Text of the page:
Which brings us to the next machine over, an Osborne “portable,” which came into the shop in exactly that fashion. A friend--
Okay, not kidding, I was just this moment interrupted by a staffer from university relations who wanted to record an interview about Steve Jobs. We chatted about my early experiences using the Apple technology and he recorded video and audio of the old Disk II unit spinning up.
Anyway, the Osborne came to us courtesy of a friend in another library department who knew of MITH’s interest in vintage machines. As we’ve gotten more and more offers like this we’ve realized the importance of developing something like a collections policy, so that we’re not taking in lots of equipment we don’t really have any use for. The Osborne, though, is a real prize, and it too starts right up, though I was initially stymied by the fact that it wanted to boot from its B drive and I had to do a little online research to change the configuration settings. One thing I always impress upon my students when I co-teach (with Duke’s Naomi Nelson) the Born-Digital course at Rare Book School is the extent of the knowledge base that exists online in the computer enthusiast community.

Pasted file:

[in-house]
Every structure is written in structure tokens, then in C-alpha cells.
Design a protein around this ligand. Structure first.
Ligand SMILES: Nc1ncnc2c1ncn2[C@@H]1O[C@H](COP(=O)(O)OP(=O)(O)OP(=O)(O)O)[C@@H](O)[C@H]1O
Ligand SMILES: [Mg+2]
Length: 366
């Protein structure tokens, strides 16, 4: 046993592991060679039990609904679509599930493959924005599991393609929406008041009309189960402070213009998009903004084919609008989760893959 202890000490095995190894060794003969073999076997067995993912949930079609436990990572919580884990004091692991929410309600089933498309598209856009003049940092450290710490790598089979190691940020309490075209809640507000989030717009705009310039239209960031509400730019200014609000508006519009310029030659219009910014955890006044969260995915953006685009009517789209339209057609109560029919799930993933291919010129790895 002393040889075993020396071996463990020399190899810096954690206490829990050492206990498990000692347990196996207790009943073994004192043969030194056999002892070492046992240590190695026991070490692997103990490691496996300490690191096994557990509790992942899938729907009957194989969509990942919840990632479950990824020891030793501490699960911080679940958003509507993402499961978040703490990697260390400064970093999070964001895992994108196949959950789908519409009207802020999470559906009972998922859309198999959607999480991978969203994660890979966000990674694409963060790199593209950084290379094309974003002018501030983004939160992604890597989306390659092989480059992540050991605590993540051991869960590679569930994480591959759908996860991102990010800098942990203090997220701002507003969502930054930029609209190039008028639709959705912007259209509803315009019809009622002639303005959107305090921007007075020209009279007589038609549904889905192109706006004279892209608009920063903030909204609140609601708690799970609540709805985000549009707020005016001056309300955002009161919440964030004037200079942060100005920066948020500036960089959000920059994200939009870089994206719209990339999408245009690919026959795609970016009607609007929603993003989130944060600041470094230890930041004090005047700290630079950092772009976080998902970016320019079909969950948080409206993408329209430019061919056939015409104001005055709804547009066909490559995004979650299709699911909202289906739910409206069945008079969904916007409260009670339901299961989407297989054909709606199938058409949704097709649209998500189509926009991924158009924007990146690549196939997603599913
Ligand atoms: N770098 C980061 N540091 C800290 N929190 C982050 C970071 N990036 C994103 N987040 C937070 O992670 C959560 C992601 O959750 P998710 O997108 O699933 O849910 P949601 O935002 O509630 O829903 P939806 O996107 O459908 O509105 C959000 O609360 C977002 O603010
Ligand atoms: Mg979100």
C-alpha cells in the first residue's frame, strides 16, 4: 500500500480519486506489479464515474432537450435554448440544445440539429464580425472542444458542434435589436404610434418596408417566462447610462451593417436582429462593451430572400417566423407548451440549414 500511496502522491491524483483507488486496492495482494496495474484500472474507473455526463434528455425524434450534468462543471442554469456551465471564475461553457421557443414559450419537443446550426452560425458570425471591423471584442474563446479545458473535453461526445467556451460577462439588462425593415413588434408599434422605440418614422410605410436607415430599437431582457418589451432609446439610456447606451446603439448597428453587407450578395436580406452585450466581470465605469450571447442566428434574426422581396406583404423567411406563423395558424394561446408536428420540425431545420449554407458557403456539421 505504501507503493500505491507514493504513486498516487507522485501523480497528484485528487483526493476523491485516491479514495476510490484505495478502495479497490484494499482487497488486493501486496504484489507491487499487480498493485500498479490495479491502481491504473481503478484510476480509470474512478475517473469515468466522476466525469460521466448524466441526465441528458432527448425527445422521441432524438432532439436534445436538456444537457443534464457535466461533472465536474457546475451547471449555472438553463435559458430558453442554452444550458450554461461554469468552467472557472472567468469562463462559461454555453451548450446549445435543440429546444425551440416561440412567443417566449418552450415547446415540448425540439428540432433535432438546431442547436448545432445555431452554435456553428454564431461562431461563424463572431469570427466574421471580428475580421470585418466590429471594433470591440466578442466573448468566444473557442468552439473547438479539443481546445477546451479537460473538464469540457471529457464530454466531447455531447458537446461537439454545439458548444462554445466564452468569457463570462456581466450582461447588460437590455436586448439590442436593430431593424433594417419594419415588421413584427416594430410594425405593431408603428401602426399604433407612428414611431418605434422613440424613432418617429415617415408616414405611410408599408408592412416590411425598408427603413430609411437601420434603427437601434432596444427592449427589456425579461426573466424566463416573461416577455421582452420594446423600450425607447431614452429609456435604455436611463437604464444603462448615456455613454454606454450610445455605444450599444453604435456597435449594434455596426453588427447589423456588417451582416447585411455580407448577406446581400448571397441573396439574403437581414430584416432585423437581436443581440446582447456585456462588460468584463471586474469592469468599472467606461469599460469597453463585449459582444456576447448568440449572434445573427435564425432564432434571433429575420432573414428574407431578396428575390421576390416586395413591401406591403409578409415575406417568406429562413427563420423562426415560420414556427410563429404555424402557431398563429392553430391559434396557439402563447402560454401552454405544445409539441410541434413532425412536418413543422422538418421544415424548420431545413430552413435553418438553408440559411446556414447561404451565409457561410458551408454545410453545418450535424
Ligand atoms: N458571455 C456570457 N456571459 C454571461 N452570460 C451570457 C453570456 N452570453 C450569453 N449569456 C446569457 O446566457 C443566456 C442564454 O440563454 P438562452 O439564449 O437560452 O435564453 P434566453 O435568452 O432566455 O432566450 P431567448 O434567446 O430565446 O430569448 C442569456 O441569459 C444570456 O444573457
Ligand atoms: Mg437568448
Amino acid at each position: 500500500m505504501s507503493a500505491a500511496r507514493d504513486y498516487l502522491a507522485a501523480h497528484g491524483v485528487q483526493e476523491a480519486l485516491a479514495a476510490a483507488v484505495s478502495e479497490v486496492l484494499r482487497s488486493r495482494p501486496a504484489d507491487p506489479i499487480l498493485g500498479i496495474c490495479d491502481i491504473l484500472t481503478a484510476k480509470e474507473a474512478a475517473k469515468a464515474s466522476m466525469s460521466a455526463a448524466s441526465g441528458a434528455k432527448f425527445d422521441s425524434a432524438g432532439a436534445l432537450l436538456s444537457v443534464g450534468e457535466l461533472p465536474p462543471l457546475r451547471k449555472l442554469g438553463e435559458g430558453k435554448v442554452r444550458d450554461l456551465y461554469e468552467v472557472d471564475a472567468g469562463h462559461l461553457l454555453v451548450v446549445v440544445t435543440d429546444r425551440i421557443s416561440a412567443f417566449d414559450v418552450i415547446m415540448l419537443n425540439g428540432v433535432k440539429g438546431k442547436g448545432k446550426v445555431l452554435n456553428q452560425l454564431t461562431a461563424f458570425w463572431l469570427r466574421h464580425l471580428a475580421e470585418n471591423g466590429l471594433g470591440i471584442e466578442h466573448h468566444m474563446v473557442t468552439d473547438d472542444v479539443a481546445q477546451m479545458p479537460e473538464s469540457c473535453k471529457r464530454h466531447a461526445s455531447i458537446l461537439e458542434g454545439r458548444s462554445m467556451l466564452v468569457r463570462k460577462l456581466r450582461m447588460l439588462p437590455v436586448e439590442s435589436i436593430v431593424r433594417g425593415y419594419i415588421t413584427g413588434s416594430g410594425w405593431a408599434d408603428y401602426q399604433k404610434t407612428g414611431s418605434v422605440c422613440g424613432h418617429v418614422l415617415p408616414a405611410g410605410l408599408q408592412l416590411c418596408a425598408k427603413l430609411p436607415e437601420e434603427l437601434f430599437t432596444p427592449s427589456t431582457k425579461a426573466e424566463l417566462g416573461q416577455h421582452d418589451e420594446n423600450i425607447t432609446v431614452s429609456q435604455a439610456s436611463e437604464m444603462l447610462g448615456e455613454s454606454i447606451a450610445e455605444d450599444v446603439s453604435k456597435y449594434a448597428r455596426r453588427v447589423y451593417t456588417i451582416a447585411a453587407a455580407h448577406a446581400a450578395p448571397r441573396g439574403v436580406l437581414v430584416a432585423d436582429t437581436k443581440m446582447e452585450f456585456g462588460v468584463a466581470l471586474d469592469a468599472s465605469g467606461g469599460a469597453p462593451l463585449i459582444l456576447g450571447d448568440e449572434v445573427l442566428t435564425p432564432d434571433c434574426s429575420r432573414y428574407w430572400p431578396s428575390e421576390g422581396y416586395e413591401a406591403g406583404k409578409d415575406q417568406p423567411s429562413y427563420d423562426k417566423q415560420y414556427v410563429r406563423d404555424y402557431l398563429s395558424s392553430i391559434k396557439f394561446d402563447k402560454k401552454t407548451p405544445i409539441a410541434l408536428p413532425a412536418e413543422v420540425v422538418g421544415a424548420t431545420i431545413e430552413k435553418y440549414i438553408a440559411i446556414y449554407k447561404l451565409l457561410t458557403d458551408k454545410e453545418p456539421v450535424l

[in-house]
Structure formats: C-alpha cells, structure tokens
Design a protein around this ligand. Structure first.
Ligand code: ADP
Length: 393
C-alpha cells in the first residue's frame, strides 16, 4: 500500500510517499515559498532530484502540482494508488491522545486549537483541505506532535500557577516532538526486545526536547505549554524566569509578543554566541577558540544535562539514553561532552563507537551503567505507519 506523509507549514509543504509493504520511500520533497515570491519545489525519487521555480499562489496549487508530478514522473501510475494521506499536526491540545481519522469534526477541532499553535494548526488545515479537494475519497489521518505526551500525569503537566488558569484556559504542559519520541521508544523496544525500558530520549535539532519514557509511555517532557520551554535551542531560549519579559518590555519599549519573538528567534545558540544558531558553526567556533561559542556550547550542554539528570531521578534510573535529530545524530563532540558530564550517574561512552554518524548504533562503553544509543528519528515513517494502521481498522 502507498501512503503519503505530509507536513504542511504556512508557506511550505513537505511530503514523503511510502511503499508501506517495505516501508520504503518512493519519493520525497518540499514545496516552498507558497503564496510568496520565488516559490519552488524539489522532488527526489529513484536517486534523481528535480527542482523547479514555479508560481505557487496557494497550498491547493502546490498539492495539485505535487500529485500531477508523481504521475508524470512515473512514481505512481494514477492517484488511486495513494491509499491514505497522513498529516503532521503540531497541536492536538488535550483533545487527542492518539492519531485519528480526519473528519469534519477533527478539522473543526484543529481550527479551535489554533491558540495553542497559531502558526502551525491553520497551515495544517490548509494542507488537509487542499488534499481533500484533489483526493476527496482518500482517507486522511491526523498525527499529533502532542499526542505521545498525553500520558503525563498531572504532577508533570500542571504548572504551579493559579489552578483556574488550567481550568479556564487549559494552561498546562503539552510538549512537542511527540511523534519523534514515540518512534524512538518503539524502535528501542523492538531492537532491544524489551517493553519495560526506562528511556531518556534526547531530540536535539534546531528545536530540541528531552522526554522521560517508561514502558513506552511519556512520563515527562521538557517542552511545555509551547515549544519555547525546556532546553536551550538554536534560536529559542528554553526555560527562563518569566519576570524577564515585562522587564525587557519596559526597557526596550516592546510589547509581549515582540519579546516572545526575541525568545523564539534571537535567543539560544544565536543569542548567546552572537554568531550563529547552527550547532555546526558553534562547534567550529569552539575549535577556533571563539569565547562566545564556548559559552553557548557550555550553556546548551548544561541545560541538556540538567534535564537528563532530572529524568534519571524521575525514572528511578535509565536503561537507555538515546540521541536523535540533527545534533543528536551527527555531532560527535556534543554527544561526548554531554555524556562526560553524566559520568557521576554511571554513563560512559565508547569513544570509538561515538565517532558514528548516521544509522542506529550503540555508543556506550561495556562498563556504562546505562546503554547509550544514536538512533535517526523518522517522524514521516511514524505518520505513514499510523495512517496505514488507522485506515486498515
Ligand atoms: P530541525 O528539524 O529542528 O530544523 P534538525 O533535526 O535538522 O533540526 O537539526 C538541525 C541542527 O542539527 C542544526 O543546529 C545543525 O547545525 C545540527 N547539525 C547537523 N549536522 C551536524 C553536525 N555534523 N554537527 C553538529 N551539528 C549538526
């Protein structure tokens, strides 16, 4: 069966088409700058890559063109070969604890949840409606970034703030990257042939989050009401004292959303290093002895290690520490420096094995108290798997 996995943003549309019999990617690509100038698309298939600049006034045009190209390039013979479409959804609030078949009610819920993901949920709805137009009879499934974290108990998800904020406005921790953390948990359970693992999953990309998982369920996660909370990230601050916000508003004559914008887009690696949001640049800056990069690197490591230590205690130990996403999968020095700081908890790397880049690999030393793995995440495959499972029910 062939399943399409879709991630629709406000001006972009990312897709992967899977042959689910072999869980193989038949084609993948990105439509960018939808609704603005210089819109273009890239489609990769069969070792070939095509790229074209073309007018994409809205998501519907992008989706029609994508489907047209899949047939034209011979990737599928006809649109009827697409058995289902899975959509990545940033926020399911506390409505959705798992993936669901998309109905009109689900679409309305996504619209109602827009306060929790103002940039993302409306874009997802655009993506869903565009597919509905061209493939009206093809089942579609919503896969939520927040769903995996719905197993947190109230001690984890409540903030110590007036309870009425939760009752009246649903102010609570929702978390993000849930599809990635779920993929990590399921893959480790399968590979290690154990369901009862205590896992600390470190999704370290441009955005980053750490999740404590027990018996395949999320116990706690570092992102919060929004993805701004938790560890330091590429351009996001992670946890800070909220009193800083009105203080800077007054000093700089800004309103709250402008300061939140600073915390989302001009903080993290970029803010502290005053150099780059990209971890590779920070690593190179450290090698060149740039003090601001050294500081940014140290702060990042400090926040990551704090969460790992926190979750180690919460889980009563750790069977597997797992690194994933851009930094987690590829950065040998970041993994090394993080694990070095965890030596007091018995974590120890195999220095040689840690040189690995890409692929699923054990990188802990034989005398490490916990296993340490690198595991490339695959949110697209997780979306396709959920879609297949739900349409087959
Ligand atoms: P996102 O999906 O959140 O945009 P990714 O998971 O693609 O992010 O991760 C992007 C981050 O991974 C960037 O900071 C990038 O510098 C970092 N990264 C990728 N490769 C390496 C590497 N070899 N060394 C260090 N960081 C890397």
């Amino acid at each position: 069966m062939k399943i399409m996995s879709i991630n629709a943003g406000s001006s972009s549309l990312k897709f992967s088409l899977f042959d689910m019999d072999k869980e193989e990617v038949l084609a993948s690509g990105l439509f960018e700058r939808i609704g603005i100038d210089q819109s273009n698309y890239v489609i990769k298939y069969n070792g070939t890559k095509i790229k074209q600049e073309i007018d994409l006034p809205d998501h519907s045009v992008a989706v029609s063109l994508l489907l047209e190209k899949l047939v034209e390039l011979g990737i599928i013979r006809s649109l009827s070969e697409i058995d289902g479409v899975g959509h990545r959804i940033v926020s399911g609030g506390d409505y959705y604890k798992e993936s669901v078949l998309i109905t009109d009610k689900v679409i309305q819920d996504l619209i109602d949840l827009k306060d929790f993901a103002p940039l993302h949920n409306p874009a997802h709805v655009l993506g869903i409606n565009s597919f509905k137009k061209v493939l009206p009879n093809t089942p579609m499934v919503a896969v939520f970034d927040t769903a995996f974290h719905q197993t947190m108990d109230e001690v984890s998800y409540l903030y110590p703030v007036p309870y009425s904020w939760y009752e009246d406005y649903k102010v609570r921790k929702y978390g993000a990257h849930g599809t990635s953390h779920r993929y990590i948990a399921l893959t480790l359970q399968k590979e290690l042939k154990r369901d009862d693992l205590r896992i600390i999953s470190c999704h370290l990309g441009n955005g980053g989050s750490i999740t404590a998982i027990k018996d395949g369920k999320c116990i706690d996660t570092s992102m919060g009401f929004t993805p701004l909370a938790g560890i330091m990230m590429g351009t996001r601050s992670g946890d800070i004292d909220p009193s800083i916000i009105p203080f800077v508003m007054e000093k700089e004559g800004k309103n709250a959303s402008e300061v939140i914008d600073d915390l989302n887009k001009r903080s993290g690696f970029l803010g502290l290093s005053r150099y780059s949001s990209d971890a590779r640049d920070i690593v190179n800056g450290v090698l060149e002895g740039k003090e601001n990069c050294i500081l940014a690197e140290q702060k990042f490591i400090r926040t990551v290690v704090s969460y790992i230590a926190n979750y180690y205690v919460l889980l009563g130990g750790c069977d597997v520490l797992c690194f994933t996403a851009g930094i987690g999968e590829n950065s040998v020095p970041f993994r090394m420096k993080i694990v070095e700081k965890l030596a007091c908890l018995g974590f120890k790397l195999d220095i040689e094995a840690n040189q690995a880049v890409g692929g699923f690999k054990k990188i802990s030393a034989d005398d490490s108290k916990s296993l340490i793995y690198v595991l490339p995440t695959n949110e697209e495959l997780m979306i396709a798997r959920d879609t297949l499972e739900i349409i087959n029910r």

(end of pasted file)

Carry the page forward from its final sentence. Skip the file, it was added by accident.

Directly above the Osborne is a foam-board reproduction of a newspaper clipping. This in fact is the story and photograph that inspired Michael Joyce’s Afternoon, widely regarded as the first full-length piece of hypertext fiction (it was first released back in 1987). The original is in the collections at the Harry Ransom Center, where Joyce’s literary papers are on deposit. The “papers,” however, also consist of born-digital materials, including several laptops and several hundred diskettes. This image is a reminder of the complex relationships that emerge around hybrid digital/analog collections, something I wrote about extensively in my first book, Mechanisms.
The small wooden box in the background next to the Osborne? That’s an omnibus edition of Oregon Trail, one of the games in our case set as part of the Preserving Virtual Worlds II project. This is a multi-institutional effort funded by the IMLS that includes the University of Illinois, Stanford, RIT, and MITH at Maryland; we’re attempting to establishes a methodology for evaluating the “significant properties” of games and complex virtual objects, something we expect to become increasingly important to collecting institutions.